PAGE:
True. But focusing entirely on geographic majorities/minorities is dumb, because it ignores all the other types of divisions where minority oppression can occur. What credible reason is there to worry about New York outvoting Wyoming more than we worry about Christians outvoting Jews or the poor outvoting the rich? The existing counter-majoritarian structures in the U.S. government (filibusters, vetoes, Court review, etc.), combined with the Federalist system (leaving significant authority to state & local governments) is more than enough to safeguard geographic minorities just like they do every other minority.

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Here is a little news that on the surface does not seem like much. It might even seem a little boring. But it is important and I'll explain why.

 

FEC chair: McCain can't drop out of public financing system

 

 

McCain is the co-author of the current campaign finance system. It's whole purpose was to get "special interest" money out of politics. So since he requested public financing for his campaign he must abide by the caps and controls of the FEC (Note the very thing HE CREATED!). Well the FEC says "Thou shalt not spend more than $X in the primary elections". That means the amount whatever it is must last a candidate from exploratory committee to convention. McCain is now running out of money under the cap, and the convention is in September. So he goes back to the FEC and tells them "I want to drop out of the Public Financing System" And since he never actually USED the public money he should be able to do so. But..... it turns out he used the promise of the public financing money to secure a loan to his campaign a few months ago. Under the law (THAT HE WROTE!) that is de facto use of Public Campaign Finance money. Well now he is in a real pickle. He can either stop campaigning all together when he runs out of money (that means from May-September you will hear nothing from him), or he can hire a bus load of lawyers to try to get him around the law that HE WROTE! If he opts for the path of hypocrisy he will have painted an enormous bulls-eye on his back for the general election. If he plays it straight he will have no shot what so ever to win in November.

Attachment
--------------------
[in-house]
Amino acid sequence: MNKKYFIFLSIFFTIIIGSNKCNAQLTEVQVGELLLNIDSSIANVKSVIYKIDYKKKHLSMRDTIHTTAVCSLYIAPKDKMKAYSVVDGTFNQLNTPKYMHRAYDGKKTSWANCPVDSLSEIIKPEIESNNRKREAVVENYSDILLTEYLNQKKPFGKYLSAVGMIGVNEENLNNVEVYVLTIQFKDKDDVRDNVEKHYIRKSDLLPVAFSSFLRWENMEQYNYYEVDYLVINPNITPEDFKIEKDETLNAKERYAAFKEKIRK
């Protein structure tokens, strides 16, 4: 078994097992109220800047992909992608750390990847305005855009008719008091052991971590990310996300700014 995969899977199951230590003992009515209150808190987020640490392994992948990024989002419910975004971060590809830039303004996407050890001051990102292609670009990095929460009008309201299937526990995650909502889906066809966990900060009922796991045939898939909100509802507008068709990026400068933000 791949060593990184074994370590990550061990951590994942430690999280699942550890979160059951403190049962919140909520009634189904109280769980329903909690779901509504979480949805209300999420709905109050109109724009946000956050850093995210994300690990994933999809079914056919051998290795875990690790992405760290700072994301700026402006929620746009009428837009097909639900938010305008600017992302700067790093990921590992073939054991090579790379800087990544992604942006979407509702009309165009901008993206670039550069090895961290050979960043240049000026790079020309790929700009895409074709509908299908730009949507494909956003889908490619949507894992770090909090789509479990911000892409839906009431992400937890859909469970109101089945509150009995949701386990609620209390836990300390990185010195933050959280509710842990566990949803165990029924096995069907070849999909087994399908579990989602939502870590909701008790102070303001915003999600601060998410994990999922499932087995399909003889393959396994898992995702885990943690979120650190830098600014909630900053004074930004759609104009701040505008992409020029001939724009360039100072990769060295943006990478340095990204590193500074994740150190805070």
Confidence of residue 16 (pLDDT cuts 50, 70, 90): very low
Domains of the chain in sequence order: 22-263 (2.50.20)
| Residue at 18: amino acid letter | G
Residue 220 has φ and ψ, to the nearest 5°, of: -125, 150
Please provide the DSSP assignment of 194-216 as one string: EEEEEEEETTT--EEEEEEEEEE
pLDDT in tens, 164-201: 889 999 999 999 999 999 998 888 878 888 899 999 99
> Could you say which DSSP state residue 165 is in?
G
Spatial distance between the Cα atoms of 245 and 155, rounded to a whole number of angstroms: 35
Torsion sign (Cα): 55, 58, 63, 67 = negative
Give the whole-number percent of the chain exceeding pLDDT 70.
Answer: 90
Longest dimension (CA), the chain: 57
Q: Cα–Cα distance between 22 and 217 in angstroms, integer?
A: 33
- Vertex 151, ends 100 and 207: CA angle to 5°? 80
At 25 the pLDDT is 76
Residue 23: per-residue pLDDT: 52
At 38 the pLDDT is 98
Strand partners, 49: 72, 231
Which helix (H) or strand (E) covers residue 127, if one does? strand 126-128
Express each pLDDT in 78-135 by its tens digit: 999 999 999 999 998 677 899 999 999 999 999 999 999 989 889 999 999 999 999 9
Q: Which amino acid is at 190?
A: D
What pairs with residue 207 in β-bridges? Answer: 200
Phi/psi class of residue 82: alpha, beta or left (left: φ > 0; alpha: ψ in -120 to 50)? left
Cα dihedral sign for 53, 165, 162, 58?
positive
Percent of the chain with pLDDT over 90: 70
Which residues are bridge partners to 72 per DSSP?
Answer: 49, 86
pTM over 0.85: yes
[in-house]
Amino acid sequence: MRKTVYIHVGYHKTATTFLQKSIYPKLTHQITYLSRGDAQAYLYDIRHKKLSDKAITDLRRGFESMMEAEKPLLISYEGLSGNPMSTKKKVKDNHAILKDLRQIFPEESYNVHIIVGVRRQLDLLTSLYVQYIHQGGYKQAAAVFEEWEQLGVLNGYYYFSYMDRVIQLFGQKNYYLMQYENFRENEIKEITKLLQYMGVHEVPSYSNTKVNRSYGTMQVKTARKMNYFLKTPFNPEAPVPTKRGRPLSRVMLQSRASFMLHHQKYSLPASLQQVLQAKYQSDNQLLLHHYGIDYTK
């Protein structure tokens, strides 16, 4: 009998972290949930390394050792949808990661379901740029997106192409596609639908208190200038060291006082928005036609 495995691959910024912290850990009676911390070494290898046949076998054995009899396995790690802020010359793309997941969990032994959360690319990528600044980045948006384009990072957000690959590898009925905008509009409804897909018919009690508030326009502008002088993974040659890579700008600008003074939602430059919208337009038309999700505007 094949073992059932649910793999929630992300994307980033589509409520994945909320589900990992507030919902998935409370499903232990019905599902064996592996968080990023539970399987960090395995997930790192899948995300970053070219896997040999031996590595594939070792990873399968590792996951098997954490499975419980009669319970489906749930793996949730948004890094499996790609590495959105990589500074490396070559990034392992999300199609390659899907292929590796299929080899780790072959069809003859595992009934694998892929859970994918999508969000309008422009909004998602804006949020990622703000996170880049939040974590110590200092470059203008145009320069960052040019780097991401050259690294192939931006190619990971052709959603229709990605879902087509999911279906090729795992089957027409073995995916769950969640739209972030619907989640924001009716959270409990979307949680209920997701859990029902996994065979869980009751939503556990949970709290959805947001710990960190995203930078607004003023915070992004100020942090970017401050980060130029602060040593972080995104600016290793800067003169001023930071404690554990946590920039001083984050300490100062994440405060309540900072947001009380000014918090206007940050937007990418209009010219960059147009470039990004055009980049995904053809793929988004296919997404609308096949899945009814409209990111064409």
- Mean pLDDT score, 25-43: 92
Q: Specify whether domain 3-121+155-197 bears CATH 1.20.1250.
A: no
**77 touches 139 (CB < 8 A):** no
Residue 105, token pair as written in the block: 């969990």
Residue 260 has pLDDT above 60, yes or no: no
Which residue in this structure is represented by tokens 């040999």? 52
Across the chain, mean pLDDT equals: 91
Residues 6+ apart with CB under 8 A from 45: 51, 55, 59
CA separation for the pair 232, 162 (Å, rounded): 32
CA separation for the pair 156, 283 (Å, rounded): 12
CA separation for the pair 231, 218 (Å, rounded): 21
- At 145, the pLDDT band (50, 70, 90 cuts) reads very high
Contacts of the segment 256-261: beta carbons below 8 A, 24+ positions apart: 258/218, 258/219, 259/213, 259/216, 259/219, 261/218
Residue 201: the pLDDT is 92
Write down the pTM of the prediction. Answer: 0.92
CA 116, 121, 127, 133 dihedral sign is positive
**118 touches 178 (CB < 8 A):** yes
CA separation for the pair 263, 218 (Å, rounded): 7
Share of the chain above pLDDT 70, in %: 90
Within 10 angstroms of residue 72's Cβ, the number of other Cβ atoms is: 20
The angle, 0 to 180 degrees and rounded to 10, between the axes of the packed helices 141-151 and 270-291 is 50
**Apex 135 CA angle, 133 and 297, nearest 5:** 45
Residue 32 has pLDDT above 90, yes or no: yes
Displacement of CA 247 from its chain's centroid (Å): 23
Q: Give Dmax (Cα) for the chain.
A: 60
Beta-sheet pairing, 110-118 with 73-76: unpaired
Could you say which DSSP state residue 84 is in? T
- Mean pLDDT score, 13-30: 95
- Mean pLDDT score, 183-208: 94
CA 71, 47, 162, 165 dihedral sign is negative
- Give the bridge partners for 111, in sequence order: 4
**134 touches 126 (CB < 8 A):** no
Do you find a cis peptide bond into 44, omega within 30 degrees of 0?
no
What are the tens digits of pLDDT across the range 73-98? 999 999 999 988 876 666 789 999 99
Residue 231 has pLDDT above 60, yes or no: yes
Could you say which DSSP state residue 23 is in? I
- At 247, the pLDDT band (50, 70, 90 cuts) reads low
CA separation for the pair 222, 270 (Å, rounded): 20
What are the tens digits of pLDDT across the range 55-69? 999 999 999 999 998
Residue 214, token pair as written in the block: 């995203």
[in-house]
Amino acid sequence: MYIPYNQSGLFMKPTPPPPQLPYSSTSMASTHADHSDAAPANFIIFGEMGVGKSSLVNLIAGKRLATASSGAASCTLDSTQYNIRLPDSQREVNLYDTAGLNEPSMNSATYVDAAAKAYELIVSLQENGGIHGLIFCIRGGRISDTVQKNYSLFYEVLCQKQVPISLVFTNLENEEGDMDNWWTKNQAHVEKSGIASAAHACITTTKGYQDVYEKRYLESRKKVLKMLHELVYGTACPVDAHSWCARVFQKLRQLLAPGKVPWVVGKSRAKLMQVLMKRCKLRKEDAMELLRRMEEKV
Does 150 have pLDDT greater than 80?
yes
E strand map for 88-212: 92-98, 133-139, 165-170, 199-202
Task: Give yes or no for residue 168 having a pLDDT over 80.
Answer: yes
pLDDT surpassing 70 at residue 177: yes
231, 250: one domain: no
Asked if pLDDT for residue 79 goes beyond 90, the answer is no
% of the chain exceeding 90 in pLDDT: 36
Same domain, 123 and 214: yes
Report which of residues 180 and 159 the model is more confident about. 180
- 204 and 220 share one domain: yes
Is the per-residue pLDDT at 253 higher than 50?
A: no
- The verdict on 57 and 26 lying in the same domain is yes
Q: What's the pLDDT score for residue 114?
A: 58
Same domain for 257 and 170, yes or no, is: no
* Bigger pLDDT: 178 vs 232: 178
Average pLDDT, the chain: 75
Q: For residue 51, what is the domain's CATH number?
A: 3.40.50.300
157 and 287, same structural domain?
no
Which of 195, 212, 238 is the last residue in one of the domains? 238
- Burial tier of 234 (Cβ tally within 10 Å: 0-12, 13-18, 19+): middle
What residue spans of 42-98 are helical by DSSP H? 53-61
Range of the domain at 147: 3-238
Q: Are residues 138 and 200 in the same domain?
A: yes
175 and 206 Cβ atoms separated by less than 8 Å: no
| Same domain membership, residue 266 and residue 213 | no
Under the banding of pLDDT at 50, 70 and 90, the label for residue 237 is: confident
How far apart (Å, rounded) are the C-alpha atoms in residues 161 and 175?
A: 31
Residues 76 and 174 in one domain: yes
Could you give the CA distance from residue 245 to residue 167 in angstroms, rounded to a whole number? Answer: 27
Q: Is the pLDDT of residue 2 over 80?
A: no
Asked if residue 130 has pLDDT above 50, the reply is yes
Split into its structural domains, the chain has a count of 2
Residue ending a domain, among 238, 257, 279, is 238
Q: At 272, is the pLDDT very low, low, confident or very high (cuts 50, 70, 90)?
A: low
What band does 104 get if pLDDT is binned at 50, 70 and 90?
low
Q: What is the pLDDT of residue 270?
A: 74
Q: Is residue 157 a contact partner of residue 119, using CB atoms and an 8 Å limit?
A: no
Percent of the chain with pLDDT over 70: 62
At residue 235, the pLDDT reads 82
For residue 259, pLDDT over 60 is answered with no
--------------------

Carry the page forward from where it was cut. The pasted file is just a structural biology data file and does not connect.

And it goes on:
I remember reading this some where in the Baldur's Gate games "Never call up what you can not put down". Does that ever fit here. Just think, his campaign for the White House is about to be sunk by the very law that made him a viable candidate to begin with. Irony is DEFINITELY my favorite form of humor. :)


"I care nothing for a man's religion whose dog and cat are not the better for it"

Abraham Lincoln

 

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I believe there have been some instances where the Electoral College made their choices against the respective state's popular vote.

 

And, anyway, the Electoral College just adds an extra layer of bureaucracy while making the whole election process less democratic.

 

No, there has NEVER been an incident where a "faithless elector" has changed an election, and in all of US history only 150 some odd times has an elector not voted as pledged (the electors are pledged to vote for the state winner). More than half of those were the result of a VP candidate dying before taking office, the rest involved Martin Van Buren and Civil War politics and was addressed by the passage of the 14th Amendment (among other things). In most states (GA, WY, AK, come to mind) the electors are required by law to vote as pledged. In some (like Michigan) the state has to power to override the vote of a faithless elector. The Constitution orders the states to appoint a number of electors equal to the number of Congressional Reps in such a way as the state may direct. All 50 states and 4 voting territories select electors from the political party whose candidate won the election. These are not a group of political elites, the are all Republicans or Democrats depending on who won.

 

Everyone stamps their feet and makes a stink about how undemocratic the EC is but that is hardly the case and it exists for a very good reason. Furthermore it is provided for by the Constitution so to get rid of it would require the amendment process. That means asking the smaller states to vote against the constitutional provision that protects them from the populous states. It simply will not happen.

 

I wasn't saying that a faithless elector had ever gotten the wrong person elected, just that some electors have voted against their their state's legislature. There's a list on Wikipedia with all of the faithless electors, I think.

 

 

Anyway, whet the Electoral College does is to give more voting "power" to some individuals that live in less populous states, so I don't see how you can argue that the EC isn't undemocratic. Of course, as you say, the EC won't be removed, ever.


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combined with the Federalist system is more than enough to safeguard geographic minorities just like they do every other minority.